If you ask your friends to list their biggest highway pet peeves, slow driving in the left lane will probably be near the top.
But it’s not just annoying and frustrating – slow driving in the left lane is illegal, and it’s dangerous.
South Carolina law requires drivers to travel in the right lane except when passing, when approaching an emergency vehicle on the right, or when the right lane is closed or blocked. Anyone ticketed for using the left lane inappropriately can be fined $100.
In some cases, driving in the left lane when a car is not passing can be evidence of liability against the other driver. Or, it could be evidence of liability against you that may reduce or bar your recovery at trial…
Pending Legislation in SC to Increase Fines for Driving in the Left Lane
SC lawmakers are considering a bill that would add $200 to the fine for driving in the left lane while not passing. It is unclear if the measure would make much of a difference, though, since the existing law is rarely enforced.
State troopers wrote 1,132 tickets for driving in the left lane in 2017, and anyone who drives on SC interstates knows that number represents only a fraction of slow drivers in the left lane.
Sen. Ross Turner, R-Greenville, who proposed the new bill, says he isn’t sure how the measure would be enforced but hopes the increased fine will encourage drivers to move over.
What’s Wrong with Driving Slow in the Left Lane, Anyway?
When everyone stays in the right lane except when they need to pass – and then moves back to the right lane after getting around slower vehicles – traffic moves much more smoothly.
Slow drivers in the left lane cause other drivers to constantly speed up and slow down. When they cannot pass because someone is moving slowly in the left lane, they will start switching lanes quickly, looking for a break.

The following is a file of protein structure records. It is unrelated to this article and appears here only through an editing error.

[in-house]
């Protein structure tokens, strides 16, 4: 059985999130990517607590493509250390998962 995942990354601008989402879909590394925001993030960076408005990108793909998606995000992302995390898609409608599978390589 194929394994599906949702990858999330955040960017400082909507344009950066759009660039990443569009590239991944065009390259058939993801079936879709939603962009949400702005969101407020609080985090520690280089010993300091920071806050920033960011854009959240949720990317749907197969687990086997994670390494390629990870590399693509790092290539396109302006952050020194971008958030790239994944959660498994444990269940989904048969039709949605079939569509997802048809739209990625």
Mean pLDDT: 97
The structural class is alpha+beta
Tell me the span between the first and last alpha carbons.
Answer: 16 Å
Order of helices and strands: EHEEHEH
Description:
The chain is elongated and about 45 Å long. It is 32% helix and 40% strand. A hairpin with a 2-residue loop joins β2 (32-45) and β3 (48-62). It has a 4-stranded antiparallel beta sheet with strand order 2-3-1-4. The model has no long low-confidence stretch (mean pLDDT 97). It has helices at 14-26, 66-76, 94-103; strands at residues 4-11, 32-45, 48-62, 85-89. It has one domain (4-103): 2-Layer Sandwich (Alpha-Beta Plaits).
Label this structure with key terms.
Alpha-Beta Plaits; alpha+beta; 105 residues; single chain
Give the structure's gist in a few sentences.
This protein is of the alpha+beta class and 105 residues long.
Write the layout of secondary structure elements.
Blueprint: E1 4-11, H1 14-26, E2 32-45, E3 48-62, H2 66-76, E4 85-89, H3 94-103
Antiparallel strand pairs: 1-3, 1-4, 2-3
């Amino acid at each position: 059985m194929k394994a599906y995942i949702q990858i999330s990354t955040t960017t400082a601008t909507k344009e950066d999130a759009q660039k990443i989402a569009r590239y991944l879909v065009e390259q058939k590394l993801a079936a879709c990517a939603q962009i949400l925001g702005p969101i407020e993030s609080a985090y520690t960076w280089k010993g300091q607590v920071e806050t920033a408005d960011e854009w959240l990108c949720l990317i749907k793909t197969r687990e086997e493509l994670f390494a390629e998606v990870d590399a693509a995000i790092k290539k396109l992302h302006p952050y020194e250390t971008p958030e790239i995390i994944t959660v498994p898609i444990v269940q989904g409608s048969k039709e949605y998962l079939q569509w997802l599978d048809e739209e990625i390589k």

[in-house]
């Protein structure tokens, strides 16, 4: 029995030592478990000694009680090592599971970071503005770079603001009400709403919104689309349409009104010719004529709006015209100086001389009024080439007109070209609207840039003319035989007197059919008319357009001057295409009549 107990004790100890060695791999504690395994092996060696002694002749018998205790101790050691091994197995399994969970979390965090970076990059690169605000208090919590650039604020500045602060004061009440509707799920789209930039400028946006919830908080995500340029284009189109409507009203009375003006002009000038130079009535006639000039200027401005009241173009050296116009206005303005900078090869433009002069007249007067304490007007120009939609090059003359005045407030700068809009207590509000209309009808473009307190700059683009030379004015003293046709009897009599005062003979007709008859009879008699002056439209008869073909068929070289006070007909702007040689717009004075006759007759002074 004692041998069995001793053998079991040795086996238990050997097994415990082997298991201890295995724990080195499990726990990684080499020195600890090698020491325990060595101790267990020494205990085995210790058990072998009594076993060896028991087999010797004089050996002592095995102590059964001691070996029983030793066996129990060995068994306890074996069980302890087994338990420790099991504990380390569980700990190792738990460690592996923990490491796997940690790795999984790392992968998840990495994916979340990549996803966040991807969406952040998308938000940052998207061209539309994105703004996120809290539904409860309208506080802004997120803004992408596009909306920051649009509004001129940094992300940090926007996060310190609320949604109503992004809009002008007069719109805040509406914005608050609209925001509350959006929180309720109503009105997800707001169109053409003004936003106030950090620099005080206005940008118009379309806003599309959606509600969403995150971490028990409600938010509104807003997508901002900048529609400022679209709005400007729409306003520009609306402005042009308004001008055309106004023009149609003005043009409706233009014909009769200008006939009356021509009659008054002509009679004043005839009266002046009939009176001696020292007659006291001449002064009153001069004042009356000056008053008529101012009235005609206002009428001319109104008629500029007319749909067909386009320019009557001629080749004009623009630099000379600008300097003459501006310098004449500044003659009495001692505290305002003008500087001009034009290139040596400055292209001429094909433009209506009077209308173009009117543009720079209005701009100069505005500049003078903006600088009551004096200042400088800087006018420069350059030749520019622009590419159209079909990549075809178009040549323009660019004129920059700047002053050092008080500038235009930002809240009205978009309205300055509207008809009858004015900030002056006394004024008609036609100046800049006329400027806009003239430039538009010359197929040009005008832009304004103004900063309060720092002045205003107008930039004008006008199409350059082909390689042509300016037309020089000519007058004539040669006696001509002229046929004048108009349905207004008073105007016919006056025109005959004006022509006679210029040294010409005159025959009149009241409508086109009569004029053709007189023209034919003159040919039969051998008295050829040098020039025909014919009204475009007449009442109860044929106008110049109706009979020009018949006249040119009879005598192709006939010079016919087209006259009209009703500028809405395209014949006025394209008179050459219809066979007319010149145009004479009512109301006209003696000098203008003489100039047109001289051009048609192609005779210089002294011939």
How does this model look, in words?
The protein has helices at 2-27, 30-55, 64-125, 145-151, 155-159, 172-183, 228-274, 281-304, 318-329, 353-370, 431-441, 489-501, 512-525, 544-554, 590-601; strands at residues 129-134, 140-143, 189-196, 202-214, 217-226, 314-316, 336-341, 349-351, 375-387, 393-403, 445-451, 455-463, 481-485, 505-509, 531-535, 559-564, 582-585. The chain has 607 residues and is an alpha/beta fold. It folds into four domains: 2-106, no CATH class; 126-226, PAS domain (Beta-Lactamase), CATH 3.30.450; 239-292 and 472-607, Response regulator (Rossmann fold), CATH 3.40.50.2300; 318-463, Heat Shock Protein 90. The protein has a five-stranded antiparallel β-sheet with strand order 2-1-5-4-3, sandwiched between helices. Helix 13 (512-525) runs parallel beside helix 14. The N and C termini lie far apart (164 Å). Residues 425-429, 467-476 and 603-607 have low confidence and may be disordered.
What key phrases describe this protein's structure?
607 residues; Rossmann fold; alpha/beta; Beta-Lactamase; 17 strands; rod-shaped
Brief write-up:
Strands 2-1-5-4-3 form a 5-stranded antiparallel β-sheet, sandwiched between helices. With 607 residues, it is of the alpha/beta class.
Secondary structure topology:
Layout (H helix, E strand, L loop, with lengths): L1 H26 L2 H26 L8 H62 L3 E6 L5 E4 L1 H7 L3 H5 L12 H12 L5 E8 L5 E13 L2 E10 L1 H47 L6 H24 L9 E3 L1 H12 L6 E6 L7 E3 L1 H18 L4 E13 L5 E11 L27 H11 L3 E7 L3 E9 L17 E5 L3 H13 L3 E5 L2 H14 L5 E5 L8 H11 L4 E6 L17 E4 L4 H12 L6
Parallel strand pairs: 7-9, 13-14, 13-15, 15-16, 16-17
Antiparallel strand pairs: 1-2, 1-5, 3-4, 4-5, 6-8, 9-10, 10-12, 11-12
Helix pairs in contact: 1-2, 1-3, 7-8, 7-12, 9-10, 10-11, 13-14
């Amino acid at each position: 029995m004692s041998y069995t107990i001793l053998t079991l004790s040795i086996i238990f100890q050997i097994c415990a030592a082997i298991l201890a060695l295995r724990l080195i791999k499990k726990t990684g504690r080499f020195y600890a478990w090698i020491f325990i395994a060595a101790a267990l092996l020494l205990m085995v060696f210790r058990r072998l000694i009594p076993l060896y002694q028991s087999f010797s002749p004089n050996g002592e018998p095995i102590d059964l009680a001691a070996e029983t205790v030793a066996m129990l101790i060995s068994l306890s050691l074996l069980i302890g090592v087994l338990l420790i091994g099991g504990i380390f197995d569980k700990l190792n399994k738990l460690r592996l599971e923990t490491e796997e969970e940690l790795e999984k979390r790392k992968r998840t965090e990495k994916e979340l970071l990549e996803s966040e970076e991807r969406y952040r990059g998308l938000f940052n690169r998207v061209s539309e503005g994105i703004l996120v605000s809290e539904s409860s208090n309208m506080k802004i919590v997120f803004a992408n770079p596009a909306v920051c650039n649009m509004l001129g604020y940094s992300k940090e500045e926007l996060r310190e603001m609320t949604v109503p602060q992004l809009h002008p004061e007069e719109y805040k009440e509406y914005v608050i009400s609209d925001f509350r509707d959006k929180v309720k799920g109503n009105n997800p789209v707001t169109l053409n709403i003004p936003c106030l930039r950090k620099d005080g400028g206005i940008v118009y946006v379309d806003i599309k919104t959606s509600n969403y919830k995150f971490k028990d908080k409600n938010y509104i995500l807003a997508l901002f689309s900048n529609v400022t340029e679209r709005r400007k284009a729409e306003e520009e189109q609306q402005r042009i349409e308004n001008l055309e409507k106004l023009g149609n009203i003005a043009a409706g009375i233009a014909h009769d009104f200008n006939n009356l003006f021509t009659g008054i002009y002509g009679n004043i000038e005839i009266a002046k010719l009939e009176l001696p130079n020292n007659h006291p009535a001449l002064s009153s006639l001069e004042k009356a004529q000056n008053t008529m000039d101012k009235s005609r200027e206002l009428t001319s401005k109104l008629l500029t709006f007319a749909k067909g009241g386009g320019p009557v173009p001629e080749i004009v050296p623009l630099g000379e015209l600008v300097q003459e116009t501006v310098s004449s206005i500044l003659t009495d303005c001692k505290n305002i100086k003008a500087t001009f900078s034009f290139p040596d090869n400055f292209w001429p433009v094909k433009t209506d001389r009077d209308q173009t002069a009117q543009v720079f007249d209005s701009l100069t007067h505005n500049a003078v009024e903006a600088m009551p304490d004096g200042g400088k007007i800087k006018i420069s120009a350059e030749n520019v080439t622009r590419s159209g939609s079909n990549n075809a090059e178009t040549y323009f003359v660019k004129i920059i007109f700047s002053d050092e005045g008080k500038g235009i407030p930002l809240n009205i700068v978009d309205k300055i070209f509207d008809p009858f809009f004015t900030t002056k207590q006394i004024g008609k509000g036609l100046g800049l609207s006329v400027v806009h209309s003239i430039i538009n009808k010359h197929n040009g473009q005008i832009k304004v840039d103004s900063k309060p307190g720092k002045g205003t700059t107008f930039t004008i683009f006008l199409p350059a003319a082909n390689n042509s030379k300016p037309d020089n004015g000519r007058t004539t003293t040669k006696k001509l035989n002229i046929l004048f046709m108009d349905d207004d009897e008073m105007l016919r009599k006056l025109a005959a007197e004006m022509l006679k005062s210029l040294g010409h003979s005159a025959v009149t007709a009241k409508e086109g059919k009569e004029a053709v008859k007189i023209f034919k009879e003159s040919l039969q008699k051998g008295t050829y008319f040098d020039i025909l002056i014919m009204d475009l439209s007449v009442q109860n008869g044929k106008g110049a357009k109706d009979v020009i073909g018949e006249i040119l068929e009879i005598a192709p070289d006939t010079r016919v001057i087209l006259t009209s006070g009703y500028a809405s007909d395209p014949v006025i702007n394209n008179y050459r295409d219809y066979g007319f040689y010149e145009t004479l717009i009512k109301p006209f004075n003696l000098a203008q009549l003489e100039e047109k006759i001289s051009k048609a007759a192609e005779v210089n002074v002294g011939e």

They may start following too closely, and as more drivers do the same behind them, traffic backs up, cars travel too close to each other, cars start passing each other in the right lane, and the likelihood of an accident goes up significantly.
Why Should Speeders Get Preferential Treatment?
But, the speed limit is the speed limit. Why should I have to stay in the right lane if I’m doing the speed limit? Why should people who are breaking the law by speeding get their own lane?
According to the SC Highway Patrol, anyone driving the speed limit is legally justified to use the left lane. However, the left lane is intended for passing, and, when people just cruise there, it causes traffic disruptions and increases the risk of accidents.
The best ways to prevent accidents on the highway are to lose our ego while driving and to follow the rules of the road. Stay in the right lane unless you are passing, and do not be the one who causes a multi-car accident on the freeway…
SC Highway Accident Personal Injury Lawyers in Myrtle Beach
The SC auto accident attorneys at Coastal Law will help you to determine who was at fault in your accident and collect the evidence – such as a citation for driving in the left lane – to prove the other driver’s liability.
Schedule a free consultation to discuss your case today by calling (843) 488-5000 or filling out our online form.